Trudging through snow and frigid winds might make for grueling travel between classes, but that same freeze might benefit the Great Lakes.
Scientists predict the recent Arctic blasts will increase water levels and decrease temperatures in the Great Lakes, temporarily reversing a 15-year slump.
Anne Clites, a physical scientist at the Great Lakes Environmental Research Laboratory, predicts the water levels of Lake Michigan and Lake Huron will increase by 10–12 inches this upcoming summer from this past summer.
When cold, dry air sweeps across the lakes, it increases the evaporation rate, which results in more ice cover and lake-effect snow, said John Lenters, the senior scientist at the environmental consulting firm LimnoTech.
Although this temporarily decreases water levels, ice lingers into late winter and early spring, capping further evaporation.
Lenters predicts water-level gains this year because of lingering ice will result in cooler summer waters, leading to a later evaporation period next fall. Extra lake-effect snow also will melt to produce runoff water.
For about 15 years, water levels in the Great Lakes have been consistently below average, sometimes by about a foot.
Fisheries scientists and shippers alike have been worried the lower water levels combined with increasingly high water temperatures will damage aquatic ecosystems and affect trade.
“The fact that (Lakes) Michigan and Huron have been that far below for that period is unusual,” Clites said. “In general, it just doesn’t happen.”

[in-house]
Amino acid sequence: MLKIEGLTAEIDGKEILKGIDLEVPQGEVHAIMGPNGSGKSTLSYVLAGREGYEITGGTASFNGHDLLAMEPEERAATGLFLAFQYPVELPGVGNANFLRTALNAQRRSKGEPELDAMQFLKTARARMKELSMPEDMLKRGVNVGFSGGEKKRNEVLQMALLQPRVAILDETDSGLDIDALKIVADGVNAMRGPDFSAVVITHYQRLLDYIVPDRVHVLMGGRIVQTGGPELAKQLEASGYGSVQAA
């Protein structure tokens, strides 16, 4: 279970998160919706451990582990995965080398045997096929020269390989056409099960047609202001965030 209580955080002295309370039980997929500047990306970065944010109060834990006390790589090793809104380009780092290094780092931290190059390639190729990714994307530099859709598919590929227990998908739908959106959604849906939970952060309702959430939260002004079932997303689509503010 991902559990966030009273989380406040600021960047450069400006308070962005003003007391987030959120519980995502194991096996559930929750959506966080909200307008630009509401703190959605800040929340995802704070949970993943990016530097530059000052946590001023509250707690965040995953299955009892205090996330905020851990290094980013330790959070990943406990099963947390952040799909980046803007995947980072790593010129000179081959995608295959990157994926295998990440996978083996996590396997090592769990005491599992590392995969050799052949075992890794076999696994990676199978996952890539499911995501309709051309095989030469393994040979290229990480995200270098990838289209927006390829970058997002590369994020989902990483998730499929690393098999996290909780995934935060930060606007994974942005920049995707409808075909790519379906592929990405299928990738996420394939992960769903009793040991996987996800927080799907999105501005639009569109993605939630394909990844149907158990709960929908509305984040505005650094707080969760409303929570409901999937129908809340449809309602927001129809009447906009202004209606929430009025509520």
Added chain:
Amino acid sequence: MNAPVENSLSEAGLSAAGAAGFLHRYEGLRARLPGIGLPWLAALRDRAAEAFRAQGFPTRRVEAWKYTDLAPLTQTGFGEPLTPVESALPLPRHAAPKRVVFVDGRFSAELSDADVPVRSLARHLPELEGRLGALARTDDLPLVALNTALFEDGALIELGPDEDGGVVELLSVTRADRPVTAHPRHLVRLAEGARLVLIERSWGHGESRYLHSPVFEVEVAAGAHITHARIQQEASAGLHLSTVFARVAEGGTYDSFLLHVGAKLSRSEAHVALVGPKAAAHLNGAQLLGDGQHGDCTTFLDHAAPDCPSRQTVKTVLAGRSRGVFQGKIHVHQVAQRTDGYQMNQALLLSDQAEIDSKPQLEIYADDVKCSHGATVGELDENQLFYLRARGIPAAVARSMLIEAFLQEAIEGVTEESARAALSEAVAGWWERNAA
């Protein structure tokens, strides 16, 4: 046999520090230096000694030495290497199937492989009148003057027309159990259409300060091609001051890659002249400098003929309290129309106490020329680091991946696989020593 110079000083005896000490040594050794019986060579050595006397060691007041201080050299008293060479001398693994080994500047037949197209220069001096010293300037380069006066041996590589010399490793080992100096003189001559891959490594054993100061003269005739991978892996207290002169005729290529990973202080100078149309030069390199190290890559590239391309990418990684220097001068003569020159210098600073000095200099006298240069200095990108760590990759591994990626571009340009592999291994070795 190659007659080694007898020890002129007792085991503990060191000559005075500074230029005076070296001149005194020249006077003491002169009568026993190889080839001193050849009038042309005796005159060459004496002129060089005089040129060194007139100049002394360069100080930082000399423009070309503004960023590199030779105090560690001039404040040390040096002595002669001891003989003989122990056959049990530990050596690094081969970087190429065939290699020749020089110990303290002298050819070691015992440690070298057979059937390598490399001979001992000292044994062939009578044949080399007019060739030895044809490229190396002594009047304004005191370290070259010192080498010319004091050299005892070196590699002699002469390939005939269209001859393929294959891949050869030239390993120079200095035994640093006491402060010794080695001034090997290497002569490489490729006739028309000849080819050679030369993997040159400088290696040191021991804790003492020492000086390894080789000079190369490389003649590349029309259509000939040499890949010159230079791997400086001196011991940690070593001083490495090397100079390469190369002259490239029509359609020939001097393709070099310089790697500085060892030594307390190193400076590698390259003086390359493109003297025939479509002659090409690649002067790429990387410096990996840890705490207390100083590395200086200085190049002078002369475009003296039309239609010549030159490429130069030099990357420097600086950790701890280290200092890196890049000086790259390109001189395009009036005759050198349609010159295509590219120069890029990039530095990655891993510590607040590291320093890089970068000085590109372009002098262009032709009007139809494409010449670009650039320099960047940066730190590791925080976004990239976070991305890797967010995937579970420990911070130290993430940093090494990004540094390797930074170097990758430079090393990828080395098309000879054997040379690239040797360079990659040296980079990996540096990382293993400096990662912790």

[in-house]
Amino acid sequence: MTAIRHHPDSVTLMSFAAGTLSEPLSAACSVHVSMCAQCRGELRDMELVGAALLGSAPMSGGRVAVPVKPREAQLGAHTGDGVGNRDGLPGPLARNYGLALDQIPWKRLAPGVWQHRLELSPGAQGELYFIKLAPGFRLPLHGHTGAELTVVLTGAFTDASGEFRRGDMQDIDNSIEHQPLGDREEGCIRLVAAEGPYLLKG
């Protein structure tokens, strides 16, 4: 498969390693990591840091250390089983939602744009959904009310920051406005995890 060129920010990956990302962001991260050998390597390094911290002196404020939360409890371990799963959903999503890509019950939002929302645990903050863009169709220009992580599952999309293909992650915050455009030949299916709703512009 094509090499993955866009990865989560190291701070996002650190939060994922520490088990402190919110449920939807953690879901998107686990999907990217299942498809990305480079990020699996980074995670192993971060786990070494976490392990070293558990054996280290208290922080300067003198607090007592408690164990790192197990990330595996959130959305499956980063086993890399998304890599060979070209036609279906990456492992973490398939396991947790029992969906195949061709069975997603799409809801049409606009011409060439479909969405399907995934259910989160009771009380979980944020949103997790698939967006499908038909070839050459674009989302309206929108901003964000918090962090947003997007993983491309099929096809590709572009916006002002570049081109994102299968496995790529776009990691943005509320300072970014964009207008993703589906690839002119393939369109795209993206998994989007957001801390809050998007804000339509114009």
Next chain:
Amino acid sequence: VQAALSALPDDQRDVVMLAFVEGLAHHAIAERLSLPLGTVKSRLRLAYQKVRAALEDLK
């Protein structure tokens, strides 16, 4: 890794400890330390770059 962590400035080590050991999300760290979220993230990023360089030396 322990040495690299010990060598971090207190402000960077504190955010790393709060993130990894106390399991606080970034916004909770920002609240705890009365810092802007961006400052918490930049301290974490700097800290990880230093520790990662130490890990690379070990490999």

Although the weather has felt chillier than average this winter, the freezing temperatures that could cause water levels to increase used to be fairly typical, National Oceanic and Atmospheric Administration meteorologist Nathan Jeruzal said.
Arctic blasts occur every year, but this year, deep freezes permeated farther South and lasted longer than usual, Jeruzal said.
Lenters said it is adjustment to the mild winters in recent years that is making this one feel all the colder.
He called this winter a “reset to normal,” because abnormal trends of warmer temperatures had fluctuated perceptions.
Lenters likened it to a frog sitting in a pot of hot water, and then suddenly jumping out.
“Climate change has changed people’s expectations of what is normal,” Lenters said. “They think it’s the apocalypse.”
Despite the expected temporary increase in Great Lakes water levels, Clites said many still are worried about the “unusual” trend of depletion.
“If you look back 50 or 60 years, (water levels) go up, they go down, they go up, they go down,” Clites said.
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